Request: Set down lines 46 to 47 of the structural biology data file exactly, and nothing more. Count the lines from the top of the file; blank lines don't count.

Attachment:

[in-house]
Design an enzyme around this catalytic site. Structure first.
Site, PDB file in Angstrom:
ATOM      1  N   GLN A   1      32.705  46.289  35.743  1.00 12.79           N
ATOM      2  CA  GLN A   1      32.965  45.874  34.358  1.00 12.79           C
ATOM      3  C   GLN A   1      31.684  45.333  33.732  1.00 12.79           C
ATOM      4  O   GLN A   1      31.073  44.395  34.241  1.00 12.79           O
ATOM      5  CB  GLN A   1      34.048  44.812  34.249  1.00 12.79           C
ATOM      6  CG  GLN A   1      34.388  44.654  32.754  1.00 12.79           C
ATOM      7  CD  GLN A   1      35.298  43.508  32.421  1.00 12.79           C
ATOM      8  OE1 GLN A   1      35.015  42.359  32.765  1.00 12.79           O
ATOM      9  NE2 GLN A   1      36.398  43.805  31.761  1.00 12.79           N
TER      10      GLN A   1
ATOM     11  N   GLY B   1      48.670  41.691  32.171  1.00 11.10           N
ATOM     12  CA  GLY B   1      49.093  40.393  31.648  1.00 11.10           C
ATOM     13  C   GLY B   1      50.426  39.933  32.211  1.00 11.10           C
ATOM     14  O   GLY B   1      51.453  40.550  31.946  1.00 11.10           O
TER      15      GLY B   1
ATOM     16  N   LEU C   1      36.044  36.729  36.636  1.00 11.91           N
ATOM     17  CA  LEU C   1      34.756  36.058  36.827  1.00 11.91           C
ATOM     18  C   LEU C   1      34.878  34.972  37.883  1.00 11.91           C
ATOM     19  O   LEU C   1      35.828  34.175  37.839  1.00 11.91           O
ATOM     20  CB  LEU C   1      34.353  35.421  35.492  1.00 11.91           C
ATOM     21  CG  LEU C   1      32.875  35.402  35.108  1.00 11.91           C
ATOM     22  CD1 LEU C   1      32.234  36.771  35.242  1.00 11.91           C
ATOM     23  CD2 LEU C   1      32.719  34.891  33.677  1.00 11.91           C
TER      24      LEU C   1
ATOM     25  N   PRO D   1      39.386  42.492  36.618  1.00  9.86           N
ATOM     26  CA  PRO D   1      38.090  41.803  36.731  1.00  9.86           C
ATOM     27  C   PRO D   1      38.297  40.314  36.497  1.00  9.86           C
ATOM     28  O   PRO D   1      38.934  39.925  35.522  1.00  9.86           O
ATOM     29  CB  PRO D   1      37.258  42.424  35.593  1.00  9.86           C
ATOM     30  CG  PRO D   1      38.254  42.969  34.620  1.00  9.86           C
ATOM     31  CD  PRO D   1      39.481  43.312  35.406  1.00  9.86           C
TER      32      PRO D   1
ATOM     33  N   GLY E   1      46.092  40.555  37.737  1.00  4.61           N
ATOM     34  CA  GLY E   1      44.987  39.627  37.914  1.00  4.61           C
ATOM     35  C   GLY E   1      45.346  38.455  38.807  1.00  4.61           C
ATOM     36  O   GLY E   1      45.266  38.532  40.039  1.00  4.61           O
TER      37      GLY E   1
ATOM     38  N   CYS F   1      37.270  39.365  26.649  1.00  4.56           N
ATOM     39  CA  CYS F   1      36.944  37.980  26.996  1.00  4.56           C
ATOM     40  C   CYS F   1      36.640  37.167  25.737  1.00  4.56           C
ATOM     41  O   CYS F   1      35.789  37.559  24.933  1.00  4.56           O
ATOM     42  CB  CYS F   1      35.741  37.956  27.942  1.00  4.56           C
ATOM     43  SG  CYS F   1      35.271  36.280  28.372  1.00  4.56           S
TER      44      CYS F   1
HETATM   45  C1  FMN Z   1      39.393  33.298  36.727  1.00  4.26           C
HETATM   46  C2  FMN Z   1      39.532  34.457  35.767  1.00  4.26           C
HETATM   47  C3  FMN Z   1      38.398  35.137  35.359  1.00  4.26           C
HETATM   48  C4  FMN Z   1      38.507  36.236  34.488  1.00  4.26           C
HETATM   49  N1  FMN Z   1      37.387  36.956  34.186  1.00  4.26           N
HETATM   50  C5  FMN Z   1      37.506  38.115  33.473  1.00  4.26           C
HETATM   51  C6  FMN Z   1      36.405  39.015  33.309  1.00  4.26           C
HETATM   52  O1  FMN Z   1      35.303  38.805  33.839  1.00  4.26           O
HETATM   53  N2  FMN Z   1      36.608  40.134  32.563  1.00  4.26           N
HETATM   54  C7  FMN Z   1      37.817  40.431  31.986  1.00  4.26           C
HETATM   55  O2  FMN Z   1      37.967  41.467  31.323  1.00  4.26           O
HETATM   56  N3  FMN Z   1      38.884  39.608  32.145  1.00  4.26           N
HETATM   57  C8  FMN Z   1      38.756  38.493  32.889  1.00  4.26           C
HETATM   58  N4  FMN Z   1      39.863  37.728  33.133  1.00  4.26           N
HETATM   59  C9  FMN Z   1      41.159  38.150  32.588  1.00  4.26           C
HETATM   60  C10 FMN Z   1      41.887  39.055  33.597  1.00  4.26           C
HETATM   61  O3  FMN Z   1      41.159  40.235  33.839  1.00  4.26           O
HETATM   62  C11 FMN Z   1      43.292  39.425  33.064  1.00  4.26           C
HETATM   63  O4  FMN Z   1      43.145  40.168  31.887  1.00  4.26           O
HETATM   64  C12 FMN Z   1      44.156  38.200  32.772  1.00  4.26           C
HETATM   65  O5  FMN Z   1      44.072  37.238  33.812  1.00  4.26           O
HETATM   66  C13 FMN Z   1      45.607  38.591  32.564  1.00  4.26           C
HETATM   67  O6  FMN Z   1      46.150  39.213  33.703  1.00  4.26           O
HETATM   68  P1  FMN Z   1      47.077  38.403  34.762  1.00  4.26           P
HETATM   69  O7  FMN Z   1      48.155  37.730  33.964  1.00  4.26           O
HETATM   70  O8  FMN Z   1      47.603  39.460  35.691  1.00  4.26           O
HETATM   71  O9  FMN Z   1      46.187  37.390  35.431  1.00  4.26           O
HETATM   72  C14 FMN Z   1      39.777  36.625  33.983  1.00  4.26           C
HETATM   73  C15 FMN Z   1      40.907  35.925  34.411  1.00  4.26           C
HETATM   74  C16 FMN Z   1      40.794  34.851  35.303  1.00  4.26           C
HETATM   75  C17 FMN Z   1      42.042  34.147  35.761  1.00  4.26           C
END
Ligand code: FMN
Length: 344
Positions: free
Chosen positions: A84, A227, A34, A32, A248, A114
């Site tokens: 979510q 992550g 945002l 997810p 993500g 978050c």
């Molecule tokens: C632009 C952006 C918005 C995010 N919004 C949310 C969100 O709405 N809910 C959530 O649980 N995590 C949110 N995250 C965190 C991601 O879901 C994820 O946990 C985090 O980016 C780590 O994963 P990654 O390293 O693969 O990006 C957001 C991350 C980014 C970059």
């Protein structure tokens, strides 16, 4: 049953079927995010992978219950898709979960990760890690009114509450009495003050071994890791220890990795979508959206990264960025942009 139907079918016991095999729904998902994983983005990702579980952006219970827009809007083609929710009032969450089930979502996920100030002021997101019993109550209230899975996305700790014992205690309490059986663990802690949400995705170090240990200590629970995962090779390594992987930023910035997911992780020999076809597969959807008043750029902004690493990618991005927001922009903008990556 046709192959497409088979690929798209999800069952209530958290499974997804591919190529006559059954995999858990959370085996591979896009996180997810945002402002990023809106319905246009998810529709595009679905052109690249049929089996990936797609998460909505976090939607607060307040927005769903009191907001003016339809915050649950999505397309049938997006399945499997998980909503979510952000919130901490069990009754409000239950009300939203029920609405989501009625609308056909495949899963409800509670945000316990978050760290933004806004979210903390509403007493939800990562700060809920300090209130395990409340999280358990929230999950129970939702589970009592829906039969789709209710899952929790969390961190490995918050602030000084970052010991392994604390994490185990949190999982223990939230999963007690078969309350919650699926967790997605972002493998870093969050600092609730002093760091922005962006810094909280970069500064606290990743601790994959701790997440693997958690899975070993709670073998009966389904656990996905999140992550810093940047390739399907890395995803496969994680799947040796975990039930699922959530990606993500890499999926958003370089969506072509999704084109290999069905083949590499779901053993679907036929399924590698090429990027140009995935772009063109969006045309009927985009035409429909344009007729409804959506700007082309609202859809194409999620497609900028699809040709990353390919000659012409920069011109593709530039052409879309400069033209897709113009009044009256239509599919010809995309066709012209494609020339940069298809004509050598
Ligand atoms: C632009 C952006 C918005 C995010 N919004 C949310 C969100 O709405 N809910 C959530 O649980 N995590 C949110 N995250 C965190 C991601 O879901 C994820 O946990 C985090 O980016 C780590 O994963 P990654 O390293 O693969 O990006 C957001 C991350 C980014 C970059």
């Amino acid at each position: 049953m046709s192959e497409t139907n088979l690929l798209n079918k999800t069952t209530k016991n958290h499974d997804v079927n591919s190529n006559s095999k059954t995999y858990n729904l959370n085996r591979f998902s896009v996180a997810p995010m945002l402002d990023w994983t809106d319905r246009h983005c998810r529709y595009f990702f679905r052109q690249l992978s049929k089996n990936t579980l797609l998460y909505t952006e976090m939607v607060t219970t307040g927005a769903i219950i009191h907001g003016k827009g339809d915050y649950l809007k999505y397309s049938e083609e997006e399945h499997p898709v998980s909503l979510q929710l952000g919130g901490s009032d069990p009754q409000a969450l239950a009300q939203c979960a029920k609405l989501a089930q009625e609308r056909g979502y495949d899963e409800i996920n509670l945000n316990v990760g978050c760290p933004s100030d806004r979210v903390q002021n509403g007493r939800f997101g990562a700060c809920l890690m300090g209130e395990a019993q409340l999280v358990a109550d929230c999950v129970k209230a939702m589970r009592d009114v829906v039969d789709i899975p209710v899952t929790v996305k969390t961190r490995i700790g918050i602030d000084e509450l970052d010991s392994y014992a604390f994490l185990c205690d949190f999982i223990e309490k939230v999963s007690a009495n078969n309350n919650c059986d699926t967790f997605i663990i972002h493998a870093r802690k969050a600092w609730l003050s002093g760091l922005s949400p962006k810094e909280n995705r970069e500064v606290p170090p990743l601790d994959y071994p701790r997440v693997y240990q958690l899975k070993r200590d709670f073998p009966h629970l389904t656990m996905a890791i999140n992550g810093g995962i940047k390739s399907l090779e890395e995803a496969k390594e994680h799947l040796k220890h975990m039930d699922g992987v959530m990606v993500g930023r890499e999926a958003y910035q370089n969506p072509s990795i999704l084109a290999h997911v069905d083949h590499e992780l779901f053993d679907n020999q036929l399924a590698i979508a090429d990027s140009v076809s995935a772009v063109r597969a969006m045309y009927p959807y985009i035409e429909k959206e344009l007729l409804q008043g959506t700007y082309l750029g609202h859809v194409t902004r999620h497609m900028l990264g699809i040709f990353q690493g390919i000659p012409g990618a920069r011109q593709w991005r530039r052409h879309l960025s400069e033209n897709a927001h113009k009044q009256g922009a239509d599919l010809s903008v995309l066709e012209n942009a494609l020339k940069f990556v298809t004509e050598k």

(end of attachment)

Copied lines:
ATOM     43  SG  CYS F   1      35.271  36.280  28.372  1.00  4.56           S
TER      44      CYS F   1